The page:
Who Protects Your Digital Footprint? It Better Be You

Thursday, January 27, 2011

Allan Pratt, MBA

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In honor of Data Privacy Day, I want to make everyone aware about the concerns for cyber security and privacy.

When online, it is critical to be a smart and safe surfer. We are too familiar with the directives reiterated by InfoSec professionals: don’t use short passwords, don’t use credit cards in insecure Wi-Fi locations, don’t leave laptops unattended, don’t leave confidential documents open on your screen when you leave your desk, etc.

Most of the discussion centers on hacking into and stealing your most sensitive information for fraudulent purposes. But there is another issue that doesn’t get much attention: the issue of assuring the accuracy of your digital footprint.

According to Wikipedia, a “digital footprint” is defined as the “trail left by an entity’s interactions in a digital environment including its usage of TV, mobile phone, Internet, mobile web, and other devices… A digital footprint may include the recording of activities such as system login and logouts, visits to a web-page, accessed or created files, or emails and chat messages. Social networking sites record activities of individuals, and this usage of social media and roaming services captures data that includes interests, social groups, behaviors, and location. This data can be gathered and analyzed without a user’s awareness.”

There are concerns about cyber squatting, when people reserve your personal or company name and either hold it for ransom (translation: they demand an exorbitant amount of money to sell the URL) or they prefer to hold onto the URL and not sell it all, or worse, they create an inappropriate site. Think of that other site too similar to that of the White House (correct site is www.whitehouse.gov).

Something regarding my digital footprint happened recently. A company outside of the United States created a Twitter account that was similar to mine, so I wrote to Twitter and explained the situation.

Twitter responded within 48 hours, but, according to Twitter, it was determined that the impersonating account was not in violation of Twitter’s Impersonation Policy.

Twitter went further and explained “In general, adding numbers, underscores, or abbreviations can help you secure a great username.” But, come on, how many of us were given underscores as part of our names when we were born?

My Twitter account is @Tips4Tech, and the “other” account was @tips4tech_blog. Since I have a blog at http://tips4tech.wordpress.com, I believe that the other Twitter account was too similar. I wonder if Ashton Kutcher complained about a similar account name, would Twitter immediately cancel the violating account?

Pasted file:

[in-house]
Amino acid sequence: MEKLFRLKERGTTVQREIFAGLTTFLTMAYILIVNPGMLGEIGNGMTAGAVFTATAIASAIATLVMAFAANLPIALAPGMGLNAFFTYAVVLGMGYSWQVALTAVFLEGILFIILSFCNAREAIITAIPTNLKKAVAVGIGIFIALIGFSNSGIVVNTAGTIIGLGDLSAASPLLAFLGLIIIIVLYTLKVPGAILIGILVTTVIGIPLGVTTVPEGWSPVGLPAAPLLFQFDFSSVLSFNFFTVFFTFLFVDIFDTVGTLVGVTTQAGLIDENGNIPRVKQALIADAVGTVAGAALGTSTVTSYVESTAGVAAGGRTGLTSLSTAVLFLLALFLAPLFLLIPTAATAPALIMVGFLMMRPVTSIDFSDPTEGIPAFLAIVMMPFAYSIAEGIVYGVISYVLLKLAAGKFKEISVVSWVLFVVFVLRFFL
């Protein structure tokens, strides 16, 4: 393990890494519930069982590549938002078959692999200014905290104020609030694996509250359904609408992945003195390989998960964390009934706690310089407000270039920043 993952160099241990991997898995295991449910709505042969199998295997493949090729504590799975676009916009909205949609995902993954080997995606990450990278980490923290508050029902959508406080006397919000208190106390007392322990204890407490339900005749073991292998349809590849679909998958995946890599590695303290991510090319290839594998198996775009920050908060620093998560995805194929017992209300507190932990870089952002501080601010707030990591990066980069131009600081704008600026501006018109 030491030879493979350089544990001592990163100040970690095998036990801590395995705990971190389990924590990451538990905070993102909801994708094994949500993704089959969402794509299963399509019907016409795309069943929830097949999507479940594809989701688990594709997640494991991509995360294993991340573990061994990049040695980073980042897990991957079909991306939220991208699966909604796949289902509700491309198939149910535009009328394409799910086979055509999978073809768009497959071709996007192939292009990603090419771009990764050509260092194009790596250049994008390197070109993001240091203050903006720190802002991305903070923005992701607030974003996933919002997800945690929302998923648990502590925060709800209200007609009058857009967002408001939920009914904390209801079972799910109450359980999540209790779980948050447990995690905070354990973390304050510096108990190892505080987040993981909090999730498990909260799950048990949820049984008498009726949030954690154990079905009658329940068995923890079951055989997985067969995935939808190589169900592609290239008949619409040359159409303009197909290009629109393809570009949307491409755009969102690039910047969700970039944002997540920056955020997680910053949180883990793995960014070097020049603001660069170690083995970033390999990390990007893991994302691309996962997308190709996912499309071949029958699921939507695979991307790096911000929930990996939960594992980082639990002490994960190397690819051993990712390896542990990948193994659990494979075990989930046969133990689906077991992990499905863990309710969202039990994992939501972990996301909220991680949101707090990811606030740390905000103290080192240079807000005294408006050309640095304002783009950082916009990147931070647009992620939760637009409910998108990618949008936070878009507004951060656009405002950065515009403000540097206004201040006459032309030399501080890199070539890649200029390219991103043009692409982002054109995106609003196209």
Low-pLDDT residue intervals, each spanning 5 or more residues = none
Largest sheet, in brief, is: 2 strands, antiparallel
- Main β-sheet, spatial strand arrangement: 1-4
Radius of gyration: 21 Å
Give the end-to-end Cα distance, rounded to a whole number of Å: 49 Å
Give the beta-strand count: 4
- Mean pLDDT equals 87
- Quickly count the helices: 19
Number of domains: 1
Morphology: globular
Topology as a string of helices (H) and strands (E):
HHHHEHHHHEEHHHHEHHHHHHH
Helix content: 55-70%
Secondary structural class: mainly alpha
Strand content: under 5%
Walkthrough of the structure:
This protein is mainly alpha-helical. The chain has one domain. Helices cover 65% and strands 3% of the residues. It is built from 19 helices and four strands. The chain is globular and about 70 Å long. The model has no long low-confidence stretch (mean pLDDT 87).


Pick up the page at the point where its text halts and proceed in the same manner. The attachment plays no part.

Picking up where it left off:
But back to the importance of Data Privacy Day... it is critical to reserve your personal brand name and company/brand name – and all other permutations you can think of – across all major social media sites.

That way, you won’t have to worry about surprising news about your brand on a site that slightly resembles your official sites. Visit a site online to reserve your name and altered versions of your name. Don’t wait to be surprised – and closely monitor your digital footprint.

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Visit these sites to check your name or brand online:

http://knowem.com or http://namechk.com.

To read more on this topic, check out the Pew/Internet Presentation: “Digital Footprints: Online Identity Management and Search in the Age of Transparency”

http://www.scribd.com/doc/918624/Digital-Footprints-Online-identity-management-and-search-in-the-age-of-transparency

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Tony Fish Great topic - Knowing that your or my digital footprint is what I say about myself, what others say about me and it is how we react to our content within the community. However, digital footprint data is also about information that electronic devices automatically add to content, location, attention, how I reached something, who sent me the content, who I send it on to.

http://www.mydigitalfootprint.com
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Allan Pratt, MBA Thanks, interesting link, Tony.
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